World's 'most hated' CEO Martin Shkreli has account hacked
The Twitter account of Martin Shkreli, the US pharmaceutical executive who caused a public furore after hiking the price of a life-saving AIDS drug, has been hacked, according to his spokesman.
A series of bizarre tweets were sent from the 32-year-old's account on Monday (NZT), including an offer to give away money, claims that he was "a god", and a competition to give away a Wu-Tang Clan album.
"It was hacked," Craig Stevens, a spokesman for the former chief executive of Turing Pharmaceuticals, said in an email of Shkreli's Twitter account.
"We have been working with Twitter to get it fixed."
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Shkreli became a symbol of Wall Street greed when it was reported this year that he raised the price of Daraprim - a drug primarily used for newborns and HIV patients - so that the average cost of treatment jumped from US$1130 ($1676) to US$63,000.
Anyone want free money? Willing to donate hundreds of thousands to charities before I go to prison...— Martin The God (@MartinShkreli) December 20, 2015
Giving away WUTANG album RT for a chance to win— Martin The God (@MartinShkreli) December 20, 2015
I am now a god— Martin The God (@MartinShkreli) December 20, 2015
Critics labelled Shkreli a "putz" and a "psychopath", while his actions earned him the nickname "Pharmo Bro".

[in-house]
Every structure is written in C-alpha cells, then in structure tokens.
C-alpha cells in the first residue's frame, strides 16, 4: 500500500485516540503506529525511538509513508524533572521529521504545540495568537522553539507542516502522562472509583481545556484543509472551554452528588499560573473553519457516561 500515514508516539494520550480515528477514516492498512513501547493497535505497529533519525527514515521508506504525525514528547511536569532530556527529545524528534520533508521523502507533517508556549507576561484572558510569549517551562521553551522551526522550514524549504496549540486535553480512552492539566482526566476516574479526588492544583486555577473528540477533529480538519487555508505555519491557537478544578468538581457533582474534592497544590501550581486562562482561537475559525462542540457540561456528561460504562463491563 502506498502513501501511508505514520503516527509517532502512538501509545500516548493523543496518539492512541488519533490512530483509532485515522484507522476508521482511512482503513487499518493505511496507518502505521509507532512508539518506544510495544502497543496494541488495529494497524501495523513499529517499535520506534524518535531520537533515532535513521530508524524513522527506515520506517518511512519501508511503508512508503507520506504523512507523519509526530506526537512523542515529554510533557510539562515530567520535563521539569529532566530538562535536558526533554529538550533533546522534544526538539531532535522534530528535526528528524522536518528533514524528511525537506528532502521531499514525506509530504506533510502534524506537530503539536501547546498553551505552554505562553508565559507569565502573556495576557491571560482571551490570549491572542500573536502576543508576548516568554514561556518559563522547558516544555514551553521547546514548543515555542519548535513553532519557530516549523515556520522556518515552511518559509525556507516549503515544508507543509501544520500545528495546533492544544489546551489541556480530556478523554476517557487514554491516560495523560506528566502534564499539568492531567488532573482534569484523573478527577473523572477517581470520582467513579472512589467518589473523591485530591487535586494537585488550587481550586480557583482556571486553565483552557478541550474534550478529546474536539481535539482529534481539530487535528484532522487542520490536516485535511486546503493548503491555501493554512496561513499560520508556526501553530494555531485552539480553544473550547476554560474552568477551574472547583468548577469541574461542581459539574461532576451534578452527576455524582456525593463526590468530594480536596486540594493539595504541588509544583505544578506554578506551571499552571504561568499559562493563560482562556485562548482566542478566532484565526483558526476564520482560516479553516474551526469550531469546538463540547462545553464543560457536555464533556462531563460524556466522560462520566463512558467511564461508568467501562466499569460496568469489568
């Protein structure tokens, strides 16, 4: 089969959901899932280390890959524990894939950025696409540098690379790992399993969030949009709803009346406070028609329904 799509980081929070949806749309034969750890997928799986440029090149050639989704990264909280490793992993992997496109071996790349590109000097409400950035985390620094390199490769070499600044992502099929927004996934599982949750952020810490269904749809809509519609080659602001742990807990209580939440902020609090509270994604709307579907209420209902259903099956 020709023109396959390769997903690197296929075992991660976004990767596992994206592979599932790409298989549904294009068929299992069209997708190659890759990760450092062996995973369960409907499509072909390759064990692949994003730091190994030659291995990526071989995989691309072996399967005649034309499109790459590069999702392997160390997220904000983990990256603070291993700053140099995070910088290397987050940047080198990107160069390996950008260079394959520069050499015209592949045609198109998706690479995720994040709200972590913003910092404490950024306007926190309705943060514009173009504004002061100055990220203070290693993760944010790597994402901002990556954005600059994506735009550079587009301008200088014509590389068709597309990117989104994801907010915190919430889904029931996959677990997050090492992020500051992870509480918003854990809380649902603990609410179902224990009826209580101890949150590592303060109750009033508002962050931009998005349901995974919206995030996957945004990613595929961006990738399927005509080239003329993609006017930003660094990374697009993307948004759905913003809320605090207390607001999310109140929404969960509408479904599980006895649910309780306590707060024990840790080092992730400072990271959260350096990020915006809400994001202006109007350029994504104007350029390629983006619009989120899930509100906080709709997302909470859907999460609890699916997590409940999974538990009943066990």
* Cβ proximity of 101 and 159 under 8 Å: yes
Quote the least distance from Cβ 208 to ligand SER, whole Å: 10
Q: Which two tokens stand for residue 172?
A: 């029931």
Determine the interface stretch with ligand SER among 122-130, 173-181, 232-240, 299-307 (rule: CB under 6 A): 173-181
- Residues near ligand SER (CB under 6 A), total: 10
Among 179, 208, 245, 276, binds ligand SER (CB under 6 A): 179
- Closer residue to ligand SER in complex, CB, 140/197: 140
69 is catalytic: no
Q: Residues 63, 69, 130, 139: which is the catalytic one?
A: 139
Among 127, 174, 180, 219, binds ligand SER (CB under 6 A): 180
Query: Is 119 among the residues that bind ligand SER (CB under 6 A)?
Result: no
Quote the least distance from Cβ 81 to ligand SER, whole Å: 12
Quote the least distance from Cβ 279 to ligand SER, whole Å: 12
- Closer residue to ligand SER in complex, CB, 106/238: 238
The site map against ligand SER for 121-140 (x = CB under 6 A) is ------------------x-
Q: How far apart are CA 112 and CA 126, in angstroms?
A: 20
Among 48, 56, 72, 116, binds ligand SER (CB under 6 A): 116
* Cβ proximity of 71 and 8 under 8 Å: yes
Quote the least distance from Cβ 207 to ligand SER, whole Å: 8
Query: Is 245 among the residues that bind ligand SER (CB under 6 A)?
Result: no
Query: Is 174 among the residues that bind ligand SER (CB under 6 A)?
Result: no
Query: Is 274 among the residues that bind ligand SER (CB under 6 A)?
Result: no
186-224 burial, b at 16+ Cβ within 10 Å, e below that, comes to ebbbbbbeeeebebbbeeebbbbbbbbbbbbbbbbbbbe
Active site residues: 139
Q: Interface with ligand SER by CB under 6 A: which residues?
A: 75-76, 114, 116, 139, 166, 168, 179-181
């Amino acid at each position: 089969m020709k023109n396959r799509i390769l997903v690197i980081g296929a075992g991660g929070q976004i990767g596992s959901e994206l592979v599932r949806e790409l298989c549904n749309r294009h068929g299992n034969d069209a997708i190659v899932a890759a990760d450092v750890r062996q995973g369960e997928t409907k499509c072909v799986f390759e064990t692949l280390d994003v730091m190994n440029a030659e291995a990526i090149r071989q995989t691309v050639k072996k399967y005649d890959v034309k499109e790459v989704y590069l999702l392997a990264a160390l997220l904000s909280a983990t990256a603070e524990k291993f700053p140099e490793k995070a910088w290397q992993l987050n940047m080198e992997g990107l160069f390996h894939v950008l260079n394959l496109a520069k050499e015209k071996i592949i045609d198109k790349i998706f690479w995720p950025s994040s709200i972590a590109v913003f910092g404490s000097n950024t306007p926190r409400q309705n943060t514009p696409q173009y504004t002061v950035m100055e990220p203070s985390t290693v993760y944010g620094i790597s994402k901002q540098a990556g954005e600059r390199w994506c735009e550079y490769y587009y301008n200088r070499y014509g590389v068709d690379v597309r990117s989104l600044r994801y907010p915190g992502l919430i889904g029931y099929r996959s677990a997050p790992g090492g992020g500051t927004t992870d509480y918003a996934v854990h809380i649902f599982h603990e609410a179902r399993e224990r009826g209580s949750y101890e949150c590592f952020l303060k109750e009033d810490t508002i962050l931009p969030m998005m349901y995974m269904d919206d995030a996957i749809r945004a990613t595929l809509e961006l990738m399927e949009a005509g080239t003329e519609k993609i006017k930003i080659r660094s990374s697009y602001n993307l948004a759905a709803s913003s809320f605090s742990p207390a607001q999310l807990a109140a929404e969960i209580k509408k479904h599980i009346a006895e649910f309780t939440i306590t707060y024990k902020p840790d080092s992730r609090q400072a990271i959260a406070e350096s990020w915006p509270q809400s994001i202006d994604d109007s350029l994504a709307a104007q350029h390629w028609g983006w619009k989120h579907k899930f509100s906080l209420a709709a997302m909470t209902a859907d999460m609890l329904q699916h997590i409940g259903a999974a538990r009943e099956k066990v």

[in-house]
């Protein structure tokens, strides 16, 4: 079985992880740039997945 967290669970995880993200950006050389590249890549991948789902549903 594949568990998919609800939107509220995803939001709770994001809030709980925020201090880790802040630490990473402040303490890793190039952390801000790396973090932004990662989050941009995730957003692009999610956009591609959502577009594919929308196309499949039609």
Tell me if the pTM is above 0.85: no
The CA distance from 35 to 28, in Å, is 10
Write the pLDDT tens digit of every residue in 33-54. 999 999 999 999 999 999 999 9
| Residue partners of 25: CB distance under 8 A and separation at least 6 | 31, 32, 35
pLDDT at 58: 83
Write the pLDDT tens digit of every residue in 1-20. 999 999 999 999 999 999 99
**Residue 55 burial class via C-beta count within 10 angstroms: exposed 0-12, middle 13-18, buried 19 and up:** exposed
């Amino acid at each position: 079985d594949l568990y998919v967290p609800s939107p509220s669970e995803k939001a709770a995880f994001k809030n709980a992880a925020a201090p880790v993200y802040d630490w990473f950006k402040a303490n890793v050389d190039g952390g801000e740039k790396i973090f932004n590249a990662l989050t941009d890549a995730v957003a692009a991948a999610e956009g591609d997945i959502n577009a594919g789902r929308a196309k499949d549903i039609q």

He was arrested on securities fraud charges on Friday (NZT) and released on bail.
Following his arrest, Shkreli took to Twitter to say the fraud allegations against him were "baseless and without merit".
Then on Monday, his Twitter handle was changed to "Martin The God", and a series of seven tweets were sent from his account, including: "Anyone want free money? Willing to donate hundreds of thousands to charities before I go to prison ...".
Another tweet related to a Wu-Tang Clan Album. Shkreli reportedly spent US$2 million purchasing a one-of-a-kind secret album, Once Upon A Time in Shaolin, which legions of die-hard fans may never now get to hear. The infamous CEO admitted earlier this month that he hadn't even listened to the album yet and was "saving for a rainy day".
Stevens said he was checking whether Shkreli's YouTube live stream, which he had been broadcasting from a day after leaving jail, had also been hacked.
A Twitter spokesman said the company did not comment on individual accounts for privacy and security reasons. YouTube representatives did not immediately respond to a request for comment.
Shkreli stepped down as CEO of Turing, a day after he was charged with securities fraud, securities fraud conspiracy and wire fraud conspiracy.
The charges related to his alleged activities when he ran a hedge fund and worked at Retrophin, his first pharmaceutical company, not for anything at Turing.
The maximum sentence for the top count is 20 years in prison.
- Brisbane Times